Postcards from Oberhausen: Part 1
Preparations for the 8th West German Short Film Festival in Oberhausen (1962). Source: Kurzfilmtage
This is the first in a two-part report from the 58th International Short Film Festival Oberhausen. The second will come from Steven Cairns, the ICA’s Associate Curator of Artists’ Film and Moving Image.
Compared to the more sprawling film festivals of Rotterdam and Cannes, Oberhausen is a relatively compact programme located between two venues in this economically sleepy, otherwise culturally ambivalent region of North Rhine-Westphalia. The annual event comprises a diverse selection of curated screenings and mini-retrospectives, as well as national and international competitions, a music video award and talks.
Chairlift, ‘Amanaemonesia’ (2011)
Drowsy from an early morning flight and already six hours in a darkened room, I slipped in amongst a crowd of local teenagers to watch the MuVi International round-up screening of the ‘best’ music videos from the past year, to be roused by Chairlift’s video for their single ‘Amanaemonesia’. Both the lyrics and the unhinged choreography channel Michael Clark not to mention Deee-Lite – lead singer Caroline Polachek appears charged and piston-like in her shiny leotard, endlessly repeating the actions of some alien flight attendant.
Alexander Kluge at the lectern, Oberhausen Manifesto press conference (1962). Source: Kurzfilmtage
The main theme of this year’s festival programme celebrated the 50th anniversary of the ‘Oberhausen Manifesto’. In 1962, eight years after the first festival in the city, the 26 Oberhauseners – Alexander Kluge and Edgar Reitz the most canonic names amongst the all-male list of signatories – collectively declared that, ‘The old film is dead. We believe in the new one.’ The manifesto echoed parallel movements organized amongst groups of experimental filmmakers internationally, notably the Groupe des Trente (formed in France in 1953); the Balázs Béla Stúdió (founded in Hungary in 1959); Eiga geijutsu no kai (Film Art Society) from 1964, which included more than 80 Japanese documentary filmmaker members; as well as curator Pontus Hultén’s efforts in Sweden during the 1960s to bring the visual arts and film worlds closer together. Their resounding statement was to ‘renew cinema’ by reclaiming control of the conditions and means of production of their work, as set out by the Oberhauseners’ call: ‘We have concrete intellectual, formal and economic ideas regarding the production of the new German film. Together we are prepared to take economic risks.’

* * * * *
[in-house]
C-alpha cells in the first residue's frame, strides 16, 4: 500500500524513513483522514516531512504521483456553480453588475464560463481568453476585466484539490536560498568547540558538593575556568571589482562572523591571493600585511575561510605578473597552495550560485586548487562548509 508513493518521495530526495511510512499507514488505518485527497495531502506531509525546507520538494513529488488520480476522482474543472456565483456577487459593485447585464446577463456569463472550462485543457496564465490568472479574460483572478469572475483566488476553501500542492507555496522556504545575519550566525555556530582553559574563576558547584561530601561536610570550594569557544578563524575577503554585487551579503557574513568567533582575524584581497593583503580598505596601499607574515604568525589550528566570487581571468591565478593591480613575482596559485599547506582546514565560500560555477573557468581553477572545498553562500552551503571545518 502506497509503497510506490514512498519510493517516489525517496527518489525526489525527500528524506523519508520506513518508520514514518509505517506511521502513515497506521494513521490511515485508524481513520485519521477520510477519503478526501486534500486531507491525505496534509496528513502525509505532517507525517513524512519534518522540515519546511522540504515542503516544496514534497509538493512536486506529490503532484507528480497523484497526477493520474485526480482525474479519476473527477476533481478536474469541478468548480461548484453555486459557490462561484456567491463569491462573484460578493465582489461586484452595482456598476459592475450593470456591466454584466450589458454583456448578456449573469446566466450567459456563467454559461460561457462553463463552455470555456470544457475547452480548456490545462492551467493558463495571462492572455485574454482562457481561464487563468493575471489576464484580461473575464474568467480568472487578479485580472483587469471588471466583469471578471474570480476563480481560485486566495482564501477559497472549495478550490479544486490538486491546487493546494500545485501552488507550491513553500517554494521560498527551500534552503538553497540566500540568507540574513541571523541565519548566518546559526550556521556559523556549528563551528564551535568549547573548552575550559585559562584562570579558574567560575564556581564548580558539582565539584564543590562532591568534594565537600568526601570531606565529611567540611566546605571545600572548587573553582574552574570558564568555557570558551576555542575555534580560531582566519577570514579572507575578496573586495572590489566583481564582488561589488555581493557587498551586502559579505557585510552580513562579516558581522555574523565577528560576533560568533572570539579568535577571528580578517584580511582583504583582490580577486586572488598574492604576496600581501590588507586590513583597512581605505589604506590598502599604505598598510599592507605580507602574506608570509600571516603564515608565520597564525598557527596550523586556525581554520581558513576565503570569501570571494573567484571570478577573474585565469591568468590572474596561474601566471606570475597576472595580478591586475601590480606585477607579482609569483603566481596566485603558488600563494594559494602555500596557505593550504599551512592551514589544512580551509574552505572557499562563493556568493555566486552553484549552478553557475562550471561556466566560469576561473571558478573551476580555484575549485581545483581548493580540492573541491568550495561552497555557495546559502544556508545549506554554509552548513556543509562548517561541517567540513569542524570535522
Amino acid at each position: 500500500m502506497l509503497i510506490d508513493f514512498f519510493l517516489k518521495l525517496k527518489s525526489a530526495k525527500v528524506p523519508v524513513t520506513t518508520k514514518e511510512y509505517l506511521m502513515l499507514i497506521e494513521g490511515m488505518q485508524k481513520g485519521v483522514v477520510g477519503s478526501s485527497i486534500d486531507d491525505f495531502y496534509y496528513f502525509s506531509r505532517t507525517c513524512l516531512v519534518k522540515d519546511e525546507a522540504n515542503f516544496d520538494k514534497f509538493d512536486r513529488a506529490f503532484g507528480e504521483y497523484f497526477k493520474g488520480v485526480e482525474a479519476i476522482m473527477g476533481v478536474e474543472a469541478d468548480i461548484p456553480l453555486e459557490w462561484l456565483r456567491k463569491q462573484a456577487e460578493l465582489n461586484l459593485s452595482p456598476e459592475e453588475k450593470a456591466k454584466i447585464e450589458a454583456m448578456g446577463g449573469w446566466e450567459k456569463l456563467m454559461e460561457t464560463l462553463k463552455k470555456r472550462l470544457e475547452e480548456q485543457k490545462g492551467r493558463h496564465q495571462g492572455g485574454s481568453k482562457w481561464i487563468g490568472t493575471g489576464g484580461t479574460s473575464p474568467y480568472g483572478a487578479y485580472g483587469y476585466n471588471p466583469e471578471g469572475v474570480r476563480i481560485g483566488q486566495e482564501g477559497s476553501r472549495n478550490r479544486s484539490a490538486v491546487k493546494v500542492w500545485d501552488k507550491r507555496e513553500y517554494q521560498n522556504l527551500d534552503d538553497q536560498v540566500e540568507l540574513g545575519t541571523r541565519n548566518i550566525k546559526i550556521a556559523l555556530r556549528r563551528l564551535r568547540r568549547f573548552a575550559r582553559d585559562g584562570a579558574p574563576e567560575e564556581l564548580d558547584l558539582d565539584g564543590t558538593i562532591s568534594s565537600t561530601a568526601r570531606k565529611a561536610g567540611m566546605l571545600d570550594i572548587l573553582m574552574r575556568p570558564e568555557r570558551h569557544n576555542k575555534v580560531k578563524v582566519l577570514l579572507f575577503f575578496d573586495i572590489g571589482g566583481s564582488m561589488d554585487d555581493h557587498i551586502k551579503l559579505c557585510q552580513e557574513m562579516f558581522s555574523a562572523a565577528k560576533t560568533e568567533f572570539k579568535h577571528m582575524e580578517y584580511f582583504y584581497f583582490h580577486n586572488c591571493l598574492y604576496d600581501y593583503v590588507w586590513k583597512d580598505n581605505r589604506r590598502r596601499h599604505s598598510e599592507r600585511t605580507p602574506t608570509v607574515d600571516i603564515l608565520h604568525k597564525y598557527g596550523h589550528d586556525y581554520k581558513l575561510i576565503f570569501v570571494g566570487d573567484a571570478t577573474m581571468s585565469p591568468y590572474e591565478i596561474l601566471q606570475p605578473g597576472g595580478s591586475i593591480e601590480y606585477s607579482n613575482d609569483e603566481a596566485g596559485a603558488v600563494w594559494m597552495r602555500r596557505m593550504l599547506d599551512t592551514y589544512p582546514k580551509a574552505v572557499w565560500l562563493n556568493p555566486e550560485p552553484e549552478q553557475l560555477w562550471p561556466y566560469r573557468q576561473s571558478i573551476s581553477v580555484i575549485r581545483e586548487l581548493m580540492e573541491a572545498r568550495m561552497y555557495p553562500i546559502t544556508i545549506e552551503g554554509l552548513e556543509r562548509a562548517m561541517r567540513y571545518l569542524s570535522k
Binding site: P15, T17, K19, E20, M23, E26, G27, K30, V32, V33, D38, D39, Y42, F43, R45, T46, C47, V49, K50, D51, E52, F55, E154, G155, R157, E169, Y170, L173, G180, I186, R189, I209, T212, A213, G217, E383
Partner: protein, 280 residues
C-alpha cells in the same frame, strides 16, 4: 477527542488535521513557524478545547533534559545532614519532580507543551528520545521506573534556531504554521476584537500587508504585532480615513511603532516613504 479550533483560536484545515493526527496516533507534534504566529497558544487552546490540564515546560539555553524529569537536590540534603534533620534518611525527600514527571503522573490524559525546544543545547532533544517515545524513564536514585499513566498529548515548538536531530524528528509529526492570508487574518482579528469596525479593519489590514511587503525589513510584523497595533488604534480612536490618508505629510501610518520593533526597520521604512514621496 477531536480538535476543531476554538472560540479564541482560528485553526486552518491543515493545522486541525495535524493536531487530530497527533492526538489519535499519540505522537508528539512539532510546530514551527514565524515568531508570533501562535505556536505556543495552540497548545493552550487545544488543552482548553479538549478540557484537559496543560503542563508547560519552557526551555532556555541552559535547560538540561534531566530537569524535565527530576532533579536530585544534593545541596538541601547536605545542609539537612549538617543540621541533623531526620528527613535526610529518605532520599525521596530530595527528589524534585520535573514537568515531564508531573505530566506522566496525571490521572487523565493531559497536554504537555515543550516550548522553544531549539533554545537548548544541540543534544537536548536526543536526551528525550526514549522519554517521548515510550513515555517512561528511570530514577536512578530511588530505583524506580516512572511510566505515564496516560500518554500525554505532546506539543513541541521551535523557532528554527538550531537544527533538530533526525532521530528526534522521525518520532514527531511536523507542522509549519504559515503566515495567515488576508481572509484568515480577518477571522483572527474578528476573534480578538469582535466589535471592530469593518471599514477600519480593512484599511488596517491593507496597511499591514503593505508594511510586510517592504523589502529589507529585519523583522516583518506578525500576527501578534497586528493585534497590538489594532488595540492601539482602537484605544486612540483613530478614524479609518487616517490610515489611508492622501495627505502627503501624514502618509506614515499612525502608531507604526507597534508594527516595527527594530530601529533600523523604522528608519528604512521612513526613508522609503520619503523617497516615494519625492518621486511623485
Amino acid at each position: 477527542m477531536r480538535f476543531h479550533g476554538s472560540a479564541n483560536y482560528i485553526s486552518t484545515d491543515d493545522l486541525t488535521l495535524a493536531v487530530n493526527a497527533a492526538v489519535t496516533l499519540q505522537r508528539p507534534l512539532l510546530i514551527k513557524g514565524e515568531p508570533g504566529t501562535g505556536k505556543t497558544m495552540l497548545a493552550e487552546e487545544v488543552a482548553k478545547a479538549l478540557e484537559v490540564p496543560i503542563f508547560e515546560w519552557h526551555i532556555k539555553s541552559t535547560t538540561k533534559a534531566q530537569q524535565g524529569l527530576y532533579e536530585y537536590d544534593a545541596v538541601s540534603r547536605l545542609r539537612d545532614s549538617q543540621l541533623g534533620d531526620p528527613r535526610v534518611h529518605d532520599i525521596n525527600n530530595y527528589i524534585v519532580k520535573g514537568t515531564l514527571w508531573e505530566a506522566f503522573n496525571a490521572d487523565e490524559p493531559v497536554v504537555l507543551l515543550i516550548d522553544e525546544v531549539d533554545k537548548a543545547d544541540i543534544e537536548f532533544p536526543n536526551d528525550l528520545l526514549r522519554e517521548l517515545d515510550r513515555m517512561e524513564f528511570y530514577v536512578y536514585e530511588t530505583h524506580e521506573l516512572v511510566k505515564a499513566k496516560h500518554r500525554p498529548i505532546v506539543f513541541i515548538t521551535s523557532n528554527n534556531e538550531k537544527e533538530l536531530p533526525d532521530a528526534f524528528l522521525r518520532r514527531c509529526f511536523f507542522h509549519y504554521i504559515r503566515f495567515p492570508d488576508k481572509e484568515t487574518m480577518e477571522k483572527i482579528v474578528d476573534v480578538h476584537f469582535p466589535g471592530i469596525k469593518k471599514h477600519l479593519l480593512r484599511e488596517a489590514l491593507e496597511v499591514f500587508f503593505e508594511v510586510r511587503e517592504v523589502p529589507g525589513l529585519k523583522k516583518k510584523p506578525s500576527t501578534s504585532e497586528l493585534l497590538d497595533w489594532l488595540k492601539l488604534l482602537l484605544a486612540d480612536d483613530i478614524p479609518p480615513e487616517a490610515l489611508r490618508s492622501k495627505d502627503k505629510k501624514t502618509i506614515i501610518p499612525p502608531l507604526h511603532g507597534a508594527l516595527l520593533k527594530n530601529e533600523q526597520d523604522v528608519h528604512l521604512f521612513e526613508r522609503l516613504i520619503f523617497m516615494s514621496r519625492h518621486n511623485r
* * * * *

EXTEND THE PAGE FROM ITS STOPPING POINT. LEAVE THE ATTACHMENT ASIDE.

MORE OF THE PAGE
Alexander Kluge and Peter Schamoni, Brutalität in Stein (Brutality in Stone, 1961)
Brutalität in Stein (Brutality in Stone, 1961), made by Kluge in collaboration with Peter Schamoni, is a close reading of the buildings that were ‘witnesses in stone’ to the history of the Nazi Party. Unlike other films shown as part of the same screening by Haro Senft and Bernhard Dörries, the moralizing tone of which felt somewhat dated, Kluge and Schamoni used actual recordings of the rallies at Nuremburg and the spoken testimony of Rudolf Höss, an Auschwitz Commandant to affect fear and repulsion in the viewer – a realism, I felt, brought forward in the similarly careful editing of found footage by Andrei Ujica and Harun Farocki in their 1993 film Videograms of a Revolution. The timing of Brutalität in Stein, released a year before the Oberhauseners’ 1962 statement, was surely an empowering impetus for the group.